When does your foolishness become my business? When it becomes my problem, such as when you cut me off with no signal or back down an off ramp.
I know when it becomes my problem, such as when you endanger my life or those of your fellow motorists. When we are left trying to predict what you might do while you’re on the phone or while you’re perfecting your DUI: driving under the influence of alcohol or drugs or sheer stupidity. These all become my problem the second you drop it into drive.
A friend sent me a picture the other day. He saw a truck driving on the highway. I could hear him gnashing his teeth and I understood why. I get sent at least one pic or story a week about something similar.
Ever since I wrote last year about Bethany Benson, who had her life implode because she’d had her feet propped on the dash when the airbags went off in a collision, people want me to know it’s still happening.
It’s not my problem, I think. It’s just not. But is it my business? I think it is.
I had a Santa Fe behind me on the highway in Mississauga, Ont., two months ago. Mom driving, her 13-year-old daughter in the passenger seat; I’m pretty good at kids’ ages, so I’ll stick with 13. Anyway, the girl had her feet up on the dash, and I was horrified. Traffic was heavy, with conditions that are perfect for those chain-reaction crashes you see at low to moderate speeds. The kind where the airbags deploy. Heading down Highway 400 a few weeks later, I saw the same thing.
If we can’t get through to teenagers that they’re risking their lives doing something as simple as propping up their legs on a dashboard, can’t we at least get through to the parents? Right after Bethany’s story was published, I saw a young couple with U.S. plates on their car and they both had a leg on the dash. Yes, the driver had his left leg propped up on the dash.
Airbags are glorious things, truly. They have saved so many lives, even with the massive Takata recall underway (one in seven cars on U.S. roads, 34 million cars worldwide). Experts agree it is far safer to leave the potentially dangerous bags in vehicles than run the risk of not having them there at all.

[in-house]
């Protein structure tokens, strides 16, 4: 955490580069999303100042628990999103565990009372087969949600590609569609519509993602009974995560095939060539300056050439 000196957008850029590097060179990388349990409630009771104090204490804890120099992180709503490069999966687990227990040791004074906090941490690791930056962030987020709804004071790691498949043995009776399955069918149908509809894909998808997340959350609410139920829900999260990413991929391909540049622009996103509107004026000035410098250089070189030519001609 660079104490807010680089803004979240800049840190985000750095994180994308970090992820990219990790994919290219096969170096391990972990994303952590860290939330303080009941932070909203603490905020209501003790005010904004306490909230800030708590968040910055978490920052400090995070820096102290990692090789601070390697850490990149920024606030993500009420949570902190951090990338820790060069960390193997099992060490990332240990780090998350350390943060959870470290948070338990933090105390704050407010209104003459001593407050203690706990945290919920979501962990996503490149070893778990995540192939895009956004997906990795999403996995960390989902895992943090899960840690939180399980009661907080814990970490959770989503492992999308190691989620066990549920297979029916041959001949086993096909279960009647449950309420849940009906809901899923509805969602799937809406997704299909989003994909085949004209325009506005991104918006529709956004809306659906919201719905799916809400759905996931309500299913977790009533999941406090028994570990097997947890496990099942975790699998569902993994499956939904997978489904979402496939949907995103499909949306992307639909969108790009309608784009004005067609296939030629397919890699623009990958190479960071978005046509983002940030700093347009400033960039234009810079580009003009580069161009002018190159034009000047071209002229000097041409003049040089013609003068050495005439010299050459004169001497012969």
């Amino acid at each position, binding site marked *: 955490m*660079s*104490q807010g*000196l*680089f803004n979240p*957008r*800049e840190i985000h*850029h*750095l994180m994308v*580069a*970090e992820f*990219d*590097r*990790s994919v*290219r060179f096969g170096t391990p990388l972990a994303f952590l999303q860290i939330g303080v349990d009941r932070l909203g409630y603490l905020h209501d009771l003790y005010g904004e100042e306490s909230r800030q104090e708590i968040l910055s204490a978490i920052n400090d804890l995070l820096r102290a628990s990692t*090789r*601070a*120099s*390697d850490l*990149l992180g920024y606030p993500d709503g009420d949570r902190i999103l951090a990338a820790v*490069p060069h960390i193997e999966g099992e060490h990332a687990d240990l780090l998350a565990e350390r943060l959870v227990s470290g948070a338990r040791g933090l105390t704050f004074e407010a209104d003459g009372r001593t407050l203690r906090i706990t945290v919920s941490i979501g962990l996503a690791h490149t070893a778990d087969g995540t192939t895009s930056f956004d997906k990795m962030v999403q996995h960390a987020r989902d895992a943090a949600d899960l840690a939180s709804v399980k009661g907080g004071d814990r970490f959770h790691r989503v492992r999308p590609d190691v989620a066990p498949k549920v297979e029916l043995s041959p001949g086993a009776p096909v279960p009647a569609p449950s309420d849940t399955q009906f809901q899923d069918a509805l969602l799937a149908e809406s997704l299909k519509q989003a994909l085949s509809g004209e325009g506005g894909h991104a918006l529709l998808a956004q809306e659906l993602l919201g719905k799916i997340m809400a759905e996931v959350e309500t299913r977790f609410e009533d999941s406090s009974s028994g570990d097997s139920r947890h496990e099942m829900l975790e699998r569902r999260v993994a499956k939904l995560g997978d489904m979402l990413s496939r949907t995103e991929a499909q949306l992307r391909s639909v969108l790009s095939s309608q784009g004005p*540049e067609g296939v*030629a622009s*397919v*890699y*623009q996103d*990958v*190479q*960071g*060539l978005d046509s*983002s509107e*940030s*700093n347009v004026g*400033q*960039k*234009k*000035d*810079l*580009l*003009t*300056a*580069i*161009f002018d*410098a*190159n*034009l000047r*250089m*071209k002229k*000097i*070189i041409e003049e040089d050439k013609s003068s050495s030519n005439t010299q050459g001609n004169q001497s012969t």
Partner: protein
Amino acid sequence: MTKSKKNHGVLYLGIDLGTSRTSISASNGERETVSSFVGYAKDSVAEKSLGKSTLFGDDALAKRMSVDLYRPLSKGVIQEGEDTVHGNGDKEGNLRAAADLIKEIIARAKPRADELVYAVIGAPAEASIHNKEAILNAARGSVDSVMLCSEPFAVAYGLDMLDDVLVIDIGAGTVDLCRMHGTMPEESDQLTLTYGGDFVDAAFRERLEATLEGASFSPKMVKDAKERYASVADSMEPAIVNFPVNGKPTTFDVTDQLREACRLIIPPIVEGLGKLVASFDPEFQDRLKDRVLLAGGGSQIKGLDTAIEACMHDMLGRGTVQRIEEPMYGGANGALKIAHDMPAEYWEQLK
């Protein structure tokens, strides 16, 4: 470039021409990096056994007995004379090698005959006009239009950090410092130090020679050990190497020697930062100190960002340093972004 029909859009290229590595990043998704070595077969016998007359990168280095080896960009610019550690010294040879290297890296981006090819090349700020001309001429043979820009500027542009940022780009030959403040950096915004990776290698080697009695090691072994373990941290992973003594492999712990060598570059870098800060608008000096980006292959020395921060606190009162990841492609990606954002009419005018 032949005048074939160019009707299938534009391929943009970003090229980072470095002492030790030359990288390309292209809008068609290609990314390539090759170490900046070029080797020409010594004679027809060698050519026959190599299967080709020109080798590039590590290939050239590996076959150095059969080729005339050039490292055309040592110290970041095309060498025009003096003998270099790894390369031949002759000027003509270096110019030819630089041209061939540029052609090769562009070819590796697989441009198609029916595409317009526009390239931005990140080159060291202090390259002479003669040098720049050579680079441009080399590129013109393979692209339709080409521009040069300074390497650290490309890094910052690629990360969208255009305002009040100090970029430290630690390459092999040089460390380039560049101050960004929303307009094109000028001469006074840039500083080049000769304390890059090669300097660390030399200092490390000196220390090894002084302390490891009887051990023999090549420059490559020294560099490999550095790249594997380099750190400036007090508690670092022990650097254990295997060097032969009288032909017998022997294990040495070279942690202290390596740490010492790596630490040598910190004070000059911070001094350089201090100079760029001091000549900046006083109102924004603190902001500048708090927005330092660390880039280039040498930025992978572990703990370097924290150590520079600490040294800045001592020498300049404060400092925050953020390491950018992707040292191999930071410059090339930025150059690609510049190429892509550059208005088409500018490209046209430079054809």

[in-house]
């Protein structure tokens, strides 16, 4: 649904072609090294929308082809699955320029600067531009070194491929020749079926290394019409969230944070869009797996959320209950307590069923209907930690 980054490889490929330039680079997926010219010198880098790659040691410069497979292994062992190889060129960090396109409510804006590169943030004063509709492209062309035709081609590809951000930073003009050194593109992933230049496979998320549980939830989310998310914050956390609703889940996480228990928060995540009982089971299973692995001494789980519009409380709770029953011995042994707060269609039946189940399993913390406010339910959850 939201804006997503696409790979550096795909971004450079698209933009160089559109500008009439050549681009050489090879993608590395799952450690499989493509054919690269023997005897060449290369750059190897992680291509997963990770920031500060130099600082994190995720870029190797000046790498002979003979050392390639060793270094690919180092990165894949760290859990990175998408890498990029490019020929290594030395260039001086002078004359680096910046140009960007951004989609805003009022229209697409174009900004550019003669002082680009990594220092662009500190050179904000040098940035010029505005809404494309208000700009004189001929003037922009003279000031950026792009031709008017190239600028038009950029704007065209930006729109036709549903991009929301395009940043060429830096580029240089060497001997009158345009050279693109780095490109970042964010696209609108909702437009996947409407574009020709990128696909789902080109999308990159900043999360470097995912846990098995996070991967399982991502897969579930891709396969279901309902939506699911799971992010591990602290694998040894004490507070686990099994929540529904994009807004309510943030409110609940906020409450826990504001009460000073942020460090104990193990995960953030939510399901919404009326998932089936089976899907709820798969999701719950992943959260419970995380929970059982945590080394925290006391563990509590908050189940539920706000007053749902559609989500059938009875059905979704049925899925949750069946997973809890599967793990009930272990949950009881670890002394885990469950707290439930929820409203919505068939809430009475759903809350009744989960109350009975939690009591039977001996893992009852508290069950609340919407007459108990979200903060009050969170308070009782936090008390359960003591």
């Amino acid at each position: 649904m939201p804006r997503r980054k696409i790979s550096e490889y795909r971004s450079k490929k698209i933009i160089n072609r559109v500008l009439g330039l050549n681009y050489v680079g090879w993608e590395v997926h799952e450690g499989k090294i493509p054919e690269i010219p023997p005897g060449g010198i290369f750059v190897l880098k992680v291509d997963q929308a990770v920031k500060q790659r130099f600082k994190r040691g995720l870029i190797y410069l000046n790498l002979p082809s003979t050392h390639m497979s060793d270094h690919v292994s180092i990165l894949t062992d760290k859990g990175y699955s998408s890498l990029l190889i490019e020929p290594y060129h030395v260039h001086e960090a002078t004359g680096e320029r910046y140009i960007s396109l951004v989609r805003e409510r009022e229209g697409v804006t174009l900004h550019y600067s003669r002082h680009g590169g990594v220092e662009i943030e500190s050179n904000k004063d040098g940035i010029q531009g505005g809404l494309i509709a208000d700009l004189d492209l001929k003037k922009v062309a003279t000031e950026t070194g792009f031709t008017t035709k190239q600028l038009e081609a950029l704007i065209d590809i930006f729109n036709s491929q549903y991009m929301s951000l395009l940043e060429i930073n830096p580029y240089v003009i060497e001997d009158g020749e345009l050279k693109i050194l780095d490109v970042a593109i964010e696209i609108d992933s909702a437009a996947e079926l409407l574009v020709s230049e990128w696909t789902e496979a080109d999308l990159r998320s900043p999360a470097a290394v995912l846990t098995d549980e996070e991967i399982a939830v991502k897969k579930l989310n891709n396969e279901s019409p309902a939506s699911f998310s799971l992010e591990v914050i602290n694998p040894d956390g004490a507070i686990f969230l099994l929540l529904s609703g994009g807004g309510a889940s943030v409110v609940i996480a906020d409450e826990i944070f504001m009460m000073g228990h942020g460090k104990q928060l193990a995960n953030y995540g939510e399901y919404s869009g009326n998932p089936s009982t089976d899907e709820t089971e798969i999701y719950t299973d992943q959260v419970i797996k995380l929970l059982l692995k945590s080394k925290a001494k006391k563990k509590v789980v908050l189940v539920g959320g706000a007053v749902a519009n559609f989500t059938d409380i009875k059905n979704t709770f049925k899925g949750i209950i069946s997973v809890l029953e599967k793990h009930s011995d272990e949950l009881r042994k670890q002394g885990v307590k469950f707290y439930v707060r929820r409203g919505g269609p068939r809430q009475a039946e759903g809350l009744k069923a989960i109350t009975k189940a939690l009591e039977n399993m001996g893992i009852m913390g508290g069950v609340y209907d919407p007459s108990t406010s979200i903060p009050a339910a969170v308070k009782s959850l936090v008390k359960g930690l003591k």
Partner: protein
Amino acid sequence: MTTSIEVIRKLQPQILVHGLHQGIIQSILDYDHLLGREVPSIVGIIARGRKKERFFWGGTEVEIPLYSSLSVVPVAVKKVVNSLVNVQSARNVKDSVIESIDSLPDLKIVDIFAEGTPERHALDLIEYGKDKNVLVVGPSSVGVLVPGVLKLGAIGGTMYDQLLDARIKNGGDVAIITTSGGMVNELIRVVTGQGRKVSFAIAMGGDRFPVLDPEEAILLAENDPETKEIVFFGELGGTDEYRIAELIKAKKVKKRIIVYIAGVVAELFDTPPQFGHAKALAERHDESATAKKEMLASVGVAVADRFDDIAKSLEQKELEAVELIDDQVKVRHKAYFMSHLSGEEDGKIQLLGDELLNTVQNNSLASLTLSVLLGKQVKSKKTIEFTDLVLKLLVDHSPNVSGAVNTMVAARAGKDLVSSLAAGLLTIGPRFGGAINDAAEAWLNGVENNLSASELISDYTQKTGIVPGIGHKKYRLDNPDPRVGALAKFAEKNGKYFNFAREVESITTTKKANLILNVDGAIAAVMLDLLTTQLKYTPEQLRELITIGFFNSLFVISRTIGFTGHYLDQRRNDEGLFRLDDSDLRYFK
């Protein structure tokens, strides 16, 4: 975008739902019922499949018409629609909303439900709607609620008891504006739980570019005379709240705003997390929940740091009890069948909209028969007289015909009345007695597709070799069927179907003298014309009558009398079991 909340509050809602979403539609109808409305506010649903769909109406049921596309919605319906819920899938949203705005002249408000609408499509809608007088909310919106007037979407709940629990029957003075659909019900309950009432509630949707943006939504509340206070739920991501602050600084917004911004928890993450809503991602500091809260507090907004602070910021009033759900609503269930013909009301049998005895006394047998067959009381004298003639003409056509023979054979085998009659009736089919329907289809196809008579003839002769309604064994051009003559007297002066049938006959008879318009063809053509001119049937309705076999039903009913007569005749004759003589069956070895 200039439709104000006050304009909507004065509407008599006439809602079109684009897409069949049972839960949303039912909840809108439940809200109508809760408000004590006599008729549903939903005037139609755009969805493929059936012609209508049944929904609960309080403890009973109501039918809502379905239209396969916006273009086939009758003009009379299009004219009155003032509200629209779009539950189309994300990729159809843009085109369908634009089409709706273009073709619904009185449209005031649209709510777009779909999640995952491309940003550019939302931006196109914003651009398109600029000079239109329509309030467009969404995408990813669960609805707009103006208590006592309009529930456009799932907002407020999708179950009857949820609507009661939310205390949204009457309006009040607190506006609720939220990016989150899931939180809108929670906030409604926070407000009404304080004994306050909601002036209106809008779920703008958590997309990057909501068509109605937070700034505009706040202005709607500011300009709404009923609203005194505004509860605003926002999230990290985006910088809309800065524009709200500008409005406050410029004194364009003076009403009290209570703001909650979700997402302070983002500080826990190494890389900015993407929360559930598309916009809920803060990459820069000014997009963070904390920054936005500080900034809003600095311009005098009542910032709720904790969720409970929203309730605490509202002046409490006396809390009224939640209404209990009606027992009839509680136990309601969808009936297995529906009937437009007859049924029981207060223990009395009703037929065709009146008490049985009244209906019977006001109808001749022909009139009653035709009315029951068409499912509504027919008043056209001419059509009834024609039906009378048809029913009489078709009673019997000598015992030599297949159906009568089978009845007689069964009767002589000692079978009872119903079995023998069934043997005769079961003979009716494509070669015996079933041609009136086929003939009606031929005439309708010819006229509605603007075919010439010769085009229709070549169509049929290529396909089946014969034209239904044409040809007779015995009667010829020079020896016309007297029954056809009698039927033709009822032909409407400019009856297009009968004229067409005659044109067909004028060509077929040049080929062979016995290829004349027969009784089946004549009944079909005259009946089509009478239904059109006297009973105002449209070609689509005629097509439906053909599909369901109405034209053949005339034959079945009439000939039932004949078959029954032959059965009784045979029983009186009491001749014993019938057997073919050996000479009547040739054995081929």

Airbags, however, are created to work with a vehicle’s other safety systems. They work in conjunction with seatbelts, for instance, and if you have reclined your seat, you’ve compromised both systems — and you are not being protected.
Airbags are aimed at car occupants, quite literally. The one in the dashboard is supposed to hit your upper torso, not behind your knees as it did Bethany. It shattered her.
Deploying at more than 300 km/h, its work is done in a fraction of a second. You have no time to reposition yourself. If I see someone with their feet on the dash, it’s not my problem, but if I can, I’ll make it my business.
The frequency of headlines about pets or kids left in cars never abates, either. The numbers hold steady despite ad campaigns, warnings and news stories. I put myself through that sweaty nightmare a year ago making a video, so you wouldn’t have to.
The problem with defining things that are my problem and things that are my business is one of human nature. I can write articles and make videos and give talks and always, without fail, I get responses that basically say, “I would never do that so that could never happen to me.”
The more distance we can put between ourselves and something horrible, the more comfortable we are in our righteousness. The problem, of course, is you can’t speak for everyone who matters to you, for those you love. Put aside your determined rightness for a moment, and simply explain the implications of things they might do.
Anyone who has pets should know exactly how fast a car heats up to deadly levels — several minutes, not 45. They should know a window cracked is like an oven door opened a little: useless.
Quit dismissing those doing dangerous things as morons who shouldn’t have a licence. Those morons might, quite honestly, be members of your family or people you love. People do dumb things all the time, though it’s only those who get caught doing them who make the headlines.
Don’t bother sending links and clips to people if you’re one of those people, like my late father, who cut out everything and foisted his opinions and interests on us repeatedly; we tuned him out. By all means follow up with the links, but next time everyone is around, simply say, “Don’t put your feet on the dash or the airbags could blow your legs off.” Simple. In the next breath, remind them if they leave their pet or kid in a car for even a minute, there is very likely someone willing to smash the window to get them out. And then move on and get some potato salad and a beer.
Make it your business, even if it’s not your problem.
— Postmedia Network Inc. 2016